"40 Days and 40 Nights"
Directed by Michael Lehmann.
Written by Rob Perez.
Starring Josh Hartnett, Shannyn Sossamon and Paulo Costanzo.
Release Year: 2002
Review Date: 3/8/02
Hey, I like to see a romantic comedy every
once in a while, and the preview for "40 Days and 40 Nights" was
good enough to trick me into seeing it.
Josh Hartnett stars as Matt, a just-dumped
dot-com child working in San Francisco. To help him get over the
sad fact that he keeps having sex with random hot women every couple
of days to fill the void in his love life, he decides to give up all
forms of sex and self-gratification for Lent. Unfortunately, he
meets an incredible girl named Erica (Shannyn Sossamon, from
Knight's Tale") just days after his abstinence begins, so he must
carefully navigate dating a new girl while trying to not have any
kind of physical relationship with her.
For the most part, the movie is great. Like
all successful romantic comedies, the formula is in place: guy gets
girl, guy loses girl, guy gets girl back...all the while putting up
with some pretty funny people in their work & social lives. The
support here comes mostly from Matt's roommate Ryan (Paulo Costanzo,
"Road Trip") and Matt's officemates, here being fellow dot-commers.
They are mostly funny, even if they are pretty stereotypical tech
support types. There is plenty of funny sex-related conversation,
and I think this is the first movie I have ever seen that has a GUY
faking the orgasm. Hilarious!
The film is not without its problems,
though...and for me, this is mostly because I now live where this
film is supposedly set. Hence...
Fallacy #1: Hot women
The women in this movie seem to have been
transplanted from Southern California to the Bay Area, because you
aren't going to find more bullshit in terms of the hotties then you
will in this film. Just the women working in the office seem to
have been lifted from a risqué Gap commercial, and I have lived here
for six months now and haven't seen three hot women standing in any
one place at one time...LET ALONE a technology firm. But, there are
a half-dozen scenes like that in "40 Days and 40 Nights."
Fallacy #2: Gay people
Look, if you are going to have shots of
Chinatown, 20-somethings drinking mochas while sitting in front of
their iMac at a run-down warehouse building, characters walking up
ridiculously steep hills and bike messengers talkin' jive, then you
have admitted to us that you are filming a movie full of San
Francisco stereotypes. With that in mind, the writers failed to
include a single gay or lesbian character in their large collection
of supporting players. Come on, not even one?
But, I am just being picky. This film is
pretty funny stuff...and, it's the rare romantic comedy that doesn't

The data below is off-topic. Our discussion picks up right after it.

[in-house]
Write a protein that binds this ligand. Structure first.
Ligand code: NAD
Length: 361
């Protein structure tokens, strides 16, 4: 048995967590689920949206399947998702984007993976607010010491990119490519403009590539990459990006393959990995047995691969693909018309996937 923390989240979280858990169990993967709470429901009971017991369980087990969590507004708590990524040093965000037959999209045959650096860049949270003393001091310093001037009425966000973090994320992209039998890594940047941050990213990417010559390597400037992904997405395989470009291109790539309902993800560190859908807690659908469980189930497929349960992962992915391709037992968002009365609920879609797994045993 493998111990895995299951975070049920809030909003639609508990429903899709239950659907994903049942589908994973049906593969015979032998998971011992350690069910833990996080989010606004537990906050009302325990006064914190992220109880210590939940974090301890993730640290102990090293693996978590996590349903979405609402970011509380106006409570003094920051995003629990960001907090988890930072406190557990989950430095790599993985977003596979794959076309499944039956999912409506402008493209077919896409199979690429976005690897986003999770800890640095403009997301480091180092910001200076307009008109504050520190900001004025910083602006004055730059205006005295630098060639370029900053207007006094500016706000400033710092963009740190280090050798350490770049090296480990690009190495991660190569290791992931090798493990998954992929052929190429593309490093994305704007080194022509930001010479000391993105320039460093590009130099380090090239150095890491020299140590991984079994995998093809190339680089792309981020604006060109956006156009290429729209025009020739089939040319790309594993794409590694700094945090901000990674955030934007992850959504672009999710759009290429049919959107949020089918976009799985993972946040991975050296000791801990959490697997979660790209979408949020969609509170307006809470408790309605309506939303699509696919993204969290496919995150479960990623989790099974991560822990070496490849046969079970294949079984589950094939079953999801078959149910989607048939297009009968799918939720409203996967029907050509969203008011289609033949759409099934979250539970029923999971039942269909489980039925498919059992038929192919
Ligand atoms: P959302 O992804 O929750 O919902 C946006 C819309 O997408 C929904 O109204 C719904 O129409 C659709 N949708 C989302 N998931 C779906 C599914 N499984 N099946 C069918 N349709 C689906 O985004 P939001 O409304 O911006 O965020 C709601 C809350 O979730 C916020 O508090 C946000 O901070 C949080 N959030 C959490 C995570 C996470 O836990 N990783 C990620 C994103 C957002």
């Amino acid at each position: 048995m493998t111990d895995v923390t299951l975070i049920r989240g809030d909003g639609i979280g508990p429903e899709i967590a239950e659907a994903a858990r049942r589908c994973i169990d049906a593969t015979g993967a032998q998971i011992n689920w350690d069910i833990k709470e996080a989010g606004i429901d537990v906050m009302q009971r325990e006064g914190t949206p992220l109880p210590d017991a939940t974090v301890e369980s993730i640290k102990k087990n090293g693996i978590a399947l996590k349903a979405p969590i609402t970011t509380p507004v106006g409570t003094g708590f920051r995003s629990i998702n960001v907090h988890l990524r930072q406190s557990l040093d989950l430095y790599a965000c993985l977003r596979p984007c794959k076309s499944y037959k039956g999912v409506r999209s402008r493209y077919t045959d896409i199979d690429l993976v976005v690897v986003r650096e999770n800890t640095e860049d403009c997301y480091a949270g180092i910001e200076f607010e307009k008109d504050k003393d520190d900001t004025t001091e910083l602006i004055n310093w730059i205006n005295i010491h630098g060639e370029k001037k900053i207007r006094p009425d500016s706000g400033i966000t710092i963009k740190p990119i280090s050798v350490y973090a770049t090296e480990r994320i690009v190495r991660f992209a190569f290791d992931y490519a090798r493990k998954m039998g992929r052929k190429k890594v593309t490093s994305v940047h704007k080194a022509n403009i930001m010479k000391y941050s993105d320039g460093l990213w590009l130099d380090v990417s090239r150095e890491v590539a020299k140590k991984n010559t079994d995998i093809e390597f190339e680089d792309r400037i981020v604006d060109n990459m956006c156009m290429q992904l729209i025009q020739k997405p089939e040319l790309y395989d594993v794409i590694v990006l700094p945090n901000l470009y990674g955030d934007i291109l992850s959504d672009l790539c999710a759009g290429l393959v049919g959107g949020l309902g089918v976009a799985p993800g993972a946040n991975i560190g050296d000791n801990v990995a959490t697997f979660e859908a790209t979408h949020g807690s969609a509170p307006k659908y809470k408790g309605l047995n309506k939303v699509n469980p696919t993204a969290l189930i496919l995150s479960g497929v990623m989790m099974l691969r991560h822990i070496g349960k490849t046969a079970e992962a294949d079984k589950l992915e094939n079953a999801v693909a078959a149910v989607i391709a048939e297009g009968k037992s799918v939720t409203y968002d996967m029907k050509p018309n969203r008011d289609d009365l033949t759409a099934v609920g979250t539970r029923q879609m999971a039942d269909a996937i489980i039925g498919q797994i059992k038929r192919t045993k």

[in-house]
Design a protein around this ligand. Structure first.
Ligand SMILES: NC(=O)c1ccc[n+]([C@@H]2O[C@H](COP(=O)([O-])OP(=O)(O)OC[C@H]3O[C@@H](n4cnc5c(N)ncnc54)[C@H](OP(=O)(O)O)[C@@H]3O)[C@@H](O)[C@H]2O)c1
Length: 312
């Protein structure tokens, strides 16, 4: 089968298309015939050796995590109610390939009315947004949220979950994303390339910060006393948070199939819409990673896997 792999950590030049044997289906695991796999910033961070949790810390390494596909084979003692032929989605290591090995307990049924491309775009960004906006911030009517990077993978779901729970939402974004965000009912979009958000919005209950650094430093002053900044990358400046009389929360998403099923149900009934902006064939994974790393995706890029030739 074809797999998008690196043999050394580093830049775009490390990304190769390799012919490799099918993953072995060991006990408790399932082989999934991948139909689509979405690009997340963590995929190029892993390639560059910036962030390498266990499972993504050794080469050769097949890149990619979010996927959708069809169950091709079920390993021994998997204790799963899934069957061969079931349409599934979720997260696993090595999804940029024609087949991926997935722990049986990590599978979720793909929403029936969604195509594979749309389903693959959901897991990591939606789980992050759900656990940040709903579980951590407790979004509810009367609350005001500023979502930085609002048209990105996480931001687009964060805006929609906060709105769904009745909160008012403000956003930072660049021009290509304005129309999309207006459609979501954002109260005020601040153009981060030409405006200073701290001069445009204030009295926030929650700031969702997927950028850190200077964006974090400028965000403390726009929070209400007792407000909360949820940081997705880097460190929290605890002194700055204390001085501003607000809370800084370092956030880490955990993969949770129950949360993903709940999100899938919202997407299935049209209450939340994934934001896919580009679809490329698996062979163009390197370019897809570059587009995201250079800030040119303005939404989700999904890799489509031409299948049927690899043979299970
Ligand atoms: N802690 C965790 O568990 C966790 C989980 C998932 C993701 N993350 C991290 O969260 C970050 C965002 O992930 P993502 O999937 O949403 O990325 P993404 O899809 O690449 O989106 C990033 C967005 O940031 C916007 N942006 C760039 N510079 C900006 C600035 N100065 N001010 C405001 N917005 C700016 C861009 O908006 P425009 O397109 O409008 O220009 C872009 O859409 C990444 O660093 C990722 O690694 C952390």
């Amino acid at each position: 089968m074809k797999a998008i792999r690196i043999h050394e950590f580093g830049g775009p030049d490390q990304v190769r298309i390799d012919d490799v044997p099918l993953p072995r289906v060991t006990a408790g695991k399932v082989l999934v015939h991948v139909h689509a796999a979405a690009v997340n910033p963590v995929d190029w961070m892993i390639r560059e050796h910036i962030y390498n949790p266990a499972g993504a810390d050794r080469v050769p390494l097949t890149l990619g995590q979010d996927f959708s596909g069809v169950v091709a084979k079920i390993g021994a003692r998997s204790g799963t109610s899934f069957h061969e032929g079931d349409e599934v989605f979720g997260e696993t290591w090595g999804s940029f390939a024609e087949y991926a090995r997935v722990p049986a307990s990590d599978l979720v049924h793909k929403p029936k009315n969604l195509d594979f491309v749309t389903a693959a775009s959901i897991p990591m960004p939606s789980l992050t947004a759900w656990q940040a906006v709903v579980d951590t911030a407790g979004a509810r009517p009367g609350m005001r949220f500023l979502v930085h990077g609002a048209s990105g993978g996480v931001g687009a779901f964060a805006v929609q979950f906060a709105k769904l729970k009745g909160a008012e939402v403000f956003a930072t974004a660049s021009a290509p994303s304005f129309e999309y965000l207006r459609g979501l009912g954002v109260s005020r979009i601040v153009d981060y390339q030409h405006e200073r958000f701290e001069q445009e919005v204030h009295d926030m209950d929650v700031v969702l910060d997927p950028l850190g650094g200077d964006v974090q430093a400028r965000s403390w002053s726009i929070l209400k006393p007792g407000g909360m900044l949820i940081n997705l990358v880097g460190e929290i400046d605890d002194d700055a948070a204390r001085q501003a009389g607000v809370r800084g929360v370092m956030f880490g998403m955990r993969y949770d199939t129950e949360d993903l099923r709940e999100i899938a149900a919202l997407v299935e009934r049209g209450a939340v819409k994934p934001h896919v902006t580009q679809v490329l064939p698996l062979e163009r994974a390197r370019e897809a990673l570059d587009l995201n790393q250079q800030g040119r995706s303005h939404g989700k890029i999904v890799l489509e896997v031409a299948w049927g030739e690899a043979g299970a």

get too sappy while pitching its message. Bueno!
Rating: $9.00 Show
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Bellview Rating System:
"Opening Weekend": This is
the highest rating a movie can receive. Reserved for movies that
exhibit the highest level of acting, plot, character development,
setting...or Salma Hayek. Not necessarily in that order.
"$X.XX Show": This price
changes each year due to the inflation of movie prices; currently,
it is the $9.50 Show. While not technically perfect, this is a
movie that will still entertain you at a very high level.
"Undercover Brother" falls into this category; it's no "Casablanca",
but you'll have a great time watching. The $9.50 Show won't win any
Oscars, but you'll be quoting lines from the thing for ages (see
"Matinee": An average movie
that merits no more than a $6.50 viewing at your local theater.
Seeing it for less than $9.50 will make you feel a lot better about
yourself. A movie like "Blue Crush" fits this category; you leave
the theater saying "That wasn't too bad...man, did you see that
Lakers game last night?"
"Rental": This rating
indicates a movie that you see in the previews and say to your
friend, "I'll be sure to miss that one." Mostly forgettable, you
couldn't lose too much by going to Hollywood Video and paying $3 to
watch it with your sig other, but you would only do that if the
video store was out of copies of "Ronin." If you can, see this
movie for free. This is what your TV Guide would give "one and a
"Hard Vice": This rating is
the bottom of the barrel. A movie that only six other human beings
have witnessed, this is the worst movie I have ever seen. A Shannon
Tweed "thriller," it is so bad as to be funny during almost every
one of its 84 minutes, and includes the worst ending ever put into a
movie. Marginally worse than "Cabin Boy", "The Avengers" or
"Leonard, Part 6", this rating means that you should avoid this
movie at all costs, or no costs, EVEN IF YOU CAN SEE IT FOR FREE!
(Warning: strong profanity will be used in all reviews of "Hard